Opting out: your decision for or against the UPC system

Do you prefer to continue relying on the proven quality of national court proceedings? Or perhaps you are interested in protecting your patent(s) in only one EU country? For such cases, you have the option of excluding your traditional European patent (EP) from the jurisdiction of the UPC by “opting out”.

Deadlines and formalities for opting out

For a traditional European patent (EP) granted or a traditional European patent application filed before the end of a so-called “transitional period,” you can exclude it from the jurisdiction of the UPC by opting it out. If you opt out, your patent or patent application will remain in the existing system for the lifetime of the patent and the national courts will retain their exclusive jurisdiction in matters concerning this IP right.

Even for an EP granted or applied for before the end of this (maximum 14-year) transitional period, you can exclude the jurisdiction of the UPC by opting out. In order for you to do this, no action may have been brought before the UPC up to that point. You can also withdraw from the opt-out (“opt-back-in”) as long as no action has so far been brought before a national court.

Good to know: you can file an early opt-out declaration as early as three months before the Agreement on a Unified Patent Court (UPCA) enters into force (“sunrise period”) – this gives you enough time for all considerations and formalities relating to IP law.

Patent Litigation in Germany in the future (example)

Opting out: pros and cons

Whether you choose to opt out and continue pursuing European patent protection under many national jurisdictions, or whether you choose to place them under the new unified jurisdiction of the UPC, this will most likely be decided on a patent-by-patent basis.

The main arguments in favor of the UPC (and thus against opting out) are the cross-border enforcement and the uniform language in several countries. Of course, at least at the start, the UPC will be unchartered territory and for those who prefer a high level of predictability and certainty, or simply value the high quality offered by, e.g. German, national proceedings, opting out is certainly worth considering.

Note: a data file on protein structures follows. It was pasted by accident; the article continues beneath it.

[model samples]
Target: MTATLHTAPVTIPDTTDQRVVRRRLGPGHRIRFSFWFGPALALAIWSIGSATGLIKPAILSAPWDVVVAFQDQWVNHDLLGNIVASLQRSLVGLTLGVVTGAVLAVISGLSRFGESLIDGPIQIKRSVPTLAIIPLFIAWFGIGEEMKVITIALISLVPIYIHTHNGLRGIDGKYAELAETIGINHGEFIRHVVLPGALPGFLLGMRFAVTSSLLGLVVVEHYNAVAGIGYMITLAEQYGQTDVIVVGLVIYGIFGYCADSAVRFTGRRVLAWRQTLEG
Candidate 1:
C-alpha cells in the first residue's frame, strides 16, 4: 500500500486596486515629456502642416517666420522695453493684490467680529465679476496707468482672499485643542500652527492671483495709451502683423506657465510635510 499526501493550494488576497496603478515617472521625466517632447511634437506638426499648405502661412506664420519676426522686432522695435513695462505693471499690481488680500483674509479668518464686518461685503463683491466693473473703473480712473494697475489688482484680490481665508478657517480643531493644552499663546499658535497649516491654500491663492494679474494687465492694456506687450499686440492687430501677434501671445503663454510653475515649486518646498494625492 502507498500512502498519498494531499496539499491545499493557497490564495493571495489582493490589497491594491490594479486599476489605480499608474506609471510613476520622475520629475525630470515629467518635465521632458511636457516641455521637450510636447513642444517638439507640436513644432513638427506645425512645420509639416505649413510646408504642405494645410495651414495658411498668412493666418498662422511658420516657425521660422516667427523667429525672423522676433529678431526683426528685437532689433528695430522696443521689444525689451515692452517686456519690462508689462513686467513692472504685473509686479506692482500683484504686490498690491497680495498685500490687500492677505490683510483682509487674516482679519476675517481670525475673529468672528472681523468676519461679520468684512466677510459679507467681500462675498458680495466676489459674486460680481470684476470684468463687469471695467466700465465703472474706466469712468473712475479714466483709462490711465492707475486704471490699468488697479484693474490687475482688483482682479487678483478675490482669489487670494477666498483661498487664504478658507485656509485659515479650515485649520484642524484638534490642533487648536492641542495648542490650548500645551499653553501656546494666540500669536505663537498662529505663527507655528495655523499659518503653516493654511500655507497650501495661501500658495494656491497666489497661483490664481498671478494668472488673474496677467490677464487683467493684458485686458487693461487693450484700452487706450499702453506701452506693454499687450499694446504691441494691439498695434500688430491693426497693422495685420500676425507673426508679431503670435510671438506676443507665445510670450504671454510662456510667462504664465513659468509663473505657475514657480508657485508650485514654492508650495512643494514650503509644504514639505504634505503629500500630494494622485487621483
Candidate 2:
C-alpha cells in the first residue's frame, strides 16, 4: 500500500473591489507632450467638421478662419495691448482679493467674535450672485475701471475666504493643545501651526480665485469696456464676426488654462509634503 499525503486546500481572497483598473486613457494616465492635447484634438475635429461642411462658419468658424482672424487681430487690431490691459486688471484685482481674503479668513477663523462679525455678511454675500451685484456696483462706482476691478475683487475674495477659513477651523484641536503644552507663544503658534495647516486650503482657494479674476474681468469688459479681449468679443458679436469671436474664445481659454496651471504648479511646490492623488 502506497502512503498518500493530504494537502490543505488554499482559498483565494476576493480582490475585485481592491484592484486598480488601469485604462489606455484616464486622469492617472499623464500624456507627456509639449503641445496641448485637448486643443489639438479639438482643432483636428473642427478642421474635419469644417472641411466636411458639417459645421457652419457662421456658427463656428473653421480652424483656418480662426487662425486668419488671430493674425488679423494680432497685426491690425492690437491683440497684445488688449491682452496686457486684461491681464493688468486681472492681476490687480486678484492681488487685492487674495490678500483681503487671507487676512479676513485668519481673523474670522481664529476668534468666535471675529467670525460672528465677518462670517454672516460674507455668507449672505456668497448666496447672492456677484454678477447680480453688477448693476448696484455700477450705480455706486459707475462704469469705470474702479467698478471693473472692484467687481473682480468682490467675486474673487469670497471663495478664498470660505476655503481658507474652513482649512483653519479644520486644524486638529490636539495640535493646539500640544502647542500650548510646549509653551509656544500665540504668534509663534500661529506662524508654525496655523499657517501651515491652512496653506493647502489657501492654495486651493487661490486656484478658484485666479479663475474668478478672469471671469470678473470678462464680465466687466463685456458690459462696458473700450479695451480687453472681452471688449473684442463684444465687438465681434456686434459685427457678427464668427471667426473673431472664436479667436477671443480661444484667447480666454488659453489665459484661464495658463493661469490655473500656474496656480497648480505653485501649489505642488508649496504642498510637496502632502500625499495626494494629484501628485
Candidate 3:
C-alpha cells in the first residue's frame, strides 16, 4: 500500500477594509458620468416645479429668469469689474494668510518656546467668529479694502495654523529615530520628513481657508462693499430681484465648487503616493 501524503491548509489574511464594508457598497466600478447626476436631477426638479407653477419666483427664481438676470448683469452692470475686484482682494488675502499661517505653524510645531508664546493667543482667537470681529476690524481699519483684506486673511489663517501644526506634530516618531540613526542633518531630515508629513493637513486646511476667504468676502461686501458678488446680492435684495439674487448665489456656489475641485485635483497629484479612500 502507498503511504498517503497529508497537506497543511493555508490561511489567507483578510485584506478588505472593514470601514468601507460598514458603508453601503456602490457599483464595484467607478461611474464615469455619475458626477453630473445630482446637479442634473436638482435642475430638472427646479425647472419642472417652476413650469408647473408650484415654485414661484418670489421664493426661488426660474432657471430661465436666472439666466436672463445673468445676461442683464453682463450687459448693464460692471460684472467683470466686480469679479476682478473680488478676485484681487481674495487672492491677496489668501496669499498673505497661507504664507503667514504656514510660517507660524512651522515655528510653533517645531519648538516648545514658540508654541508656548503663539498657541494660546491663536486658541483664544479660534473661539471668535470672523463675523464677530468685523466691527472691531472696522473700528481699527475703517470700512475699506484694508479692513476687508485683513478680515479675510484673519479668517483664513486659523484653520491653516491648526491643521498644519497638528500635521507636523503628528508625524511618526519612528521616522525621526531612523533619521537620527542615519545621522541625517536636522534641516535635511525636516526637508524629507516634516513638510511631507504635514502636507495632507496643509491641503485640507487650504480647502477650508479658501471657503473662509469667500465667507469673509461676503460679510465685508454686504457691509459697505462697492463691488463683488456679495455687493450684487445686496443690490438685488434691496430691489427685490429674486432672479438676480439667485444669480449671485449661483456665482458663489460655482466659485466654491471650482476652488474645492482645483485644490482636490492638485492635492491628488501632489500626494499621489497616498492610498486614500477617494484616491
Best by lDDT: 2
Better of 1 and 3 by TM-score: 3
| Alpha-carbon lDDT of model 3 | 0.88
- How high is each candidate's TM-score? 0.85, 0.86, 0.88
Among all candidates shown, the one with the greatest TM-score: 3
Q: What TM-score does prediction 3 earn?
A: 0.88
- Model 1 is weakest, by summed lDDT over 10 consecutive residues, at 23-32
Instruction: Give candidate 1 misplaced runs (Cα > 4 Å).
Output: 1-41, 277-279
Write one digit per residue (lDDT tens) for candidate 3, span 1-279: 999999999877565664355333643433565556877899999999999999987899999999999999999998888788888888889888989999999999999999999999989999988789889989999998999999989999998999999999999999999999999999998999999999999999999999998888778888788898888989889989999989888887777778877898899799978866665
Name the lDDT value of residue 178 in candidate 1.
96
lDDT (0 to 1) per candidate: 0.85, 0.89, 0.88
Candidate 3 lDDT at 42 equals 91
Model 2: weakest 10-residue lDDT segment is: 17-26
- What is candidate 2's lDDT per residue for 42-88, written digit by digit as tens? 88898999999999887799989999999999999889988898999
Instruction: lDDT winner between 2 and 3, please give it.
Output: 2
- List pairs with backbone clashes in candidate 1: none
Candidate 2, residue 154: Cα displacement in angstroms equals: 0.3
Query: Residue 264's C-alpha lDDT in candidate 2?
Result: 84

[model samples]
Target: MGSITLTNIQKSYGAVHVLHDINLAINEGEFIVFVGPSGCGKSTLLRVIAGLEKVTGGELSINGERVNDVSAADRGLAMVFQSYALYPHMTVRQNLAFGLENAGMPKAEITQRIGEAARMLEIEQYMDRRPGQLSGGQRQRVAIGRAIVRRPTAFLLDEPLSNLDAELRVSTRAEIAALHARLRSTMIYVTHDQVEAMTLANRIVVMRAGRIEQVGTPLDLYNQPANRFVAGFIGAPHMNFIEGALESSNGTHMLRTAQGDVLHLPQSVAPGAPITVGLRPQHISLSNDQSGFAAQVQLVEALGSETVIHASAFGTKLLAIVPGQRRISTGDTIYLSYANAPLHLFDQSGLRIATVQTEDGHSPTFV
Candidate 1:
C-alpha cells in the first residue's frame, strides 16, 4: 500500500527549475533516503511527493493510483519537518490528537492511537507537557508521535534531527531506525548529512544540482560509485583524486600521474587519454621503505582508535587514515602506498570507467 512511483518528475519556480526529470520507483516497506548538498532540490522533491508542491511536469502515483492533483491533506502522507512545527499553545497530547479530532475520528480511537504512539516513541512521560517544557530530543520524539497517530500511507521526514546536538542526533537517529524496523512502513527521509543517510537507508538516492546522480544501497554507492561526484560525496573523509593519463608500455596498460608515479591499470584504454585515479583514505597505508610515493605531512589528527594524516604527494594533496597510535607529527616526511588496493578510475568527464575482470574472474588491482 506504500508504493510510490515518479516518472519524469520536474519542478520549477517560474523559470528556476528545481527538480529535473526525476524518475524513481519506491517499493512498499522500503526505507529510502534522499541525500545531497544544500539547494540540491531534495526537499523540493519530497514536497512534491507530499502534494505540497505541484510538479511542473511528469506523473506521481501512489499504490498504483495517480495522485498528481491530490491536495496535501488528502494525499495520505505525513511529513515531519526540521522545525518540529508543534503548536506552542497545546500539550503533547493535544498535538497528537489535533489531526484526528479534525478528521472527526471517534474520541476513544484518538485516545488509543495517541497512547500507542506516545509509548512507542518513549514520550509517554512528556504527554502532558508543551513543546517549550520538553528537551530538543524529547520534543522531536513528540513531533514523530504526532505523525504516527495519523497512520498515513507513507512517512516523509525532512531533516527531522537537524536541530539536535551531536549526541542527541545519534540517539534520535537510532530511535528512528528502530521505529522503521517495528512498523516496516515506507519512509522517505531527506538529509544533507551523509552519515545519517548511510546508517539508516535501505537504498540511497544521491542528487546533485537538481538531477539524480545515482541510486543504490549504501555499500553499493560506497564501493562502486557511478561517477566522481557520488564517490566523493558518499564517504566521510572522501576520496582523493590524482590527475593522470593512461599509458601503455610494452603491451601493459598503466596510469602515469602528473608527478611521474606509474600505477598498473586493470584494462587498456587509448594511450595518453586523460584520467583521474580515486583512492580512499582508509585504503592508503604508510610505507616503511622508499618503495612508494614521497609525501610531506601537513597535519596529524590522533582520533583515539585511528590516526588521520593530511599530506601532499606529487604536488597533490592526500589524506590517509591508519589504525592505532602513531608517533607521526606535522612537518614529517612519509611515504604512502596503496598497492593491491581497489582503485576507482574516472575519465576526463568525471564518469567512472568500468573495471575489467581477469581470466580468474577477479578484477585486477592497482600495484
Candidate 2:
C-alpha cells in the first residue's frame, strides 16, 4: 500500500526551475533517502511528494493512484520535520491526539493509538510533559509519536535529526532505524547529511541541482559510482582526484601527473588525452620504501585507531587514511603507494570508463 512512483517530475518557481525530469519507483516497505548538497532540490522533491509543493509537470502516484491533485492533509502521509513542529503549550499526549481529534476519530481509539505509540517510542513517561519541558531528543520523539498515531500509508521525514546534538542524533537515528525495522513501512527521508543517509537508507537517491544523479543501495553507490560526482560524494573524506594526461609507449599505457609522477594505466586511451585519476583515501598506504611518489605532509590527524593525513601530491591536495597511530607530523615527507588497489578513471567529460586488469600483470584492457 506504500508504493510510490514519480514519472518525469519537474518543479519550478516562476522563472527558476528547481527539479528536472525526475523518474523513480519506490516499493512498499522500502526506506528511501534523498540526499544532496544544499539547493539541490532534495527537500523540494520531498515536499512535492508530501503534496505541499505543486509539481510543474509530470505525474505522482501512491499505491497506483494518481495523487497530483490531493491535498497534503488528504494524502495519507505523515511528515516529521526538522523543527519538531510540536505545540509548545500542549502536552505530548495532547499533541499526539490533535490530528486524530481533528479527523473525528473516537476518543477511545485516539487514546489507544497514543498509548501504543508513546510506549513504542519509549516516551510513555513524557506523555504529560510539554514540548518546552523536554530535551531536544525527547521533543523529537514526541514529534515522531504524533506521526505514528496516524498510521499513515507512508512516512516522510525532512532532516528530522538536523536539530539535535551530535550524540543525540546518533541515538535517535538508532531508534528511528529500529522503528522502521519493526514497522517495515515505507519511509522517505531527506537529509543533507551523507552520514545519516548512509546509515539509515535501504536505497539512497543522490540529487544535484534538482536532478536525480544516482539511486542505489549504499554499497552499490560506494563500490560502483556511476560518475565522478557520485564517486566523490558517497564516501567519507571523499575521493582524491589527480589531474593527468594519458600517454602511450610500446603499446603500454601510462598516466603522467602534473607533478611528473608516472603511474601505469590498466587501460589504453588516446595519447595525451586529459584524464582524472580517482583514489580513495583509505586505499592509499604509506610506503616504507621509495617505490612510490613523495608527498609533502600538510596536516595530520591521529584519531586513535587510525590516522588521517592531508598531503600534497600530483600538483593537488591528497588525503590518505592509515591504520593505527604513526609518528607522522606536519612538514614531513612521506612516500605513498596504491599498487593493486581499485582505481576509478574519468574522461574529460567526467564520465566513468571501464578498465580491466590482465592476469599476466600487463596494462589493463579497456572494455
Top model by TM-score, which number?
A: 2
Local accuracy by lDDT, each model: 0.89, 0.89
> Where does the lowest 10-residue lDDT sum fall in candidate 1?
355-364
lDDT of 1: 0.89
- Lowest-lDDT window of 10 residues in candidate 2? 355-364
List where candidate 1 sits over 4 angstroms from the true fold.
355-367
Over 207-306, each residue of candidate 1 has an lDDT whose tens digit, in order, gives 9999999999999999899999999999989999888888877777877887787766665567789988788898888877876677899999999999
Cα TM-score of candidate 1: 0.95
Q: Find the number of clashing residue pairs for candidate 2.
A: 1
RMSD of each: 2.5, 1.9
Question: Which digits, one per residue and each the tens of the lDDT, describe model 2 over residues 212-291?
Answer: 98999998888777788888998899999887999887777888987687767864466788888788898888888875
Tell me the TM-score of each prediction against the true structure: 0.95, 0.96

Whatever you decide, you can count on a high level of expertise, especially at the national courts or UPC divisions in Germany, where you can enforce your patents with legal certainty in the event of a dispute.

The unitary patent: EU-wide protection for your ideas

The European patent with unitary effect offers companies and inventors uniform protection for their innovations across the EU. In the future, this “unitary patent” will be effective in up to 24 EU member states and can be restricted, transferred, nullified, or can lapse for those states. Learn more about the unitary patent and how you can extend the protection of your existing patents in a way that makes sense while saving time and money!

One for all: the UPC

The Unified Patent Court (UPC) will be a judicial authority that handles patents independently throughout the EU. Germany is an important venue for patent holders who wish to enforce their IP rights: the UPC is represented four times here. Read more about the structure and tasks of the UPC – and about the advantages for you!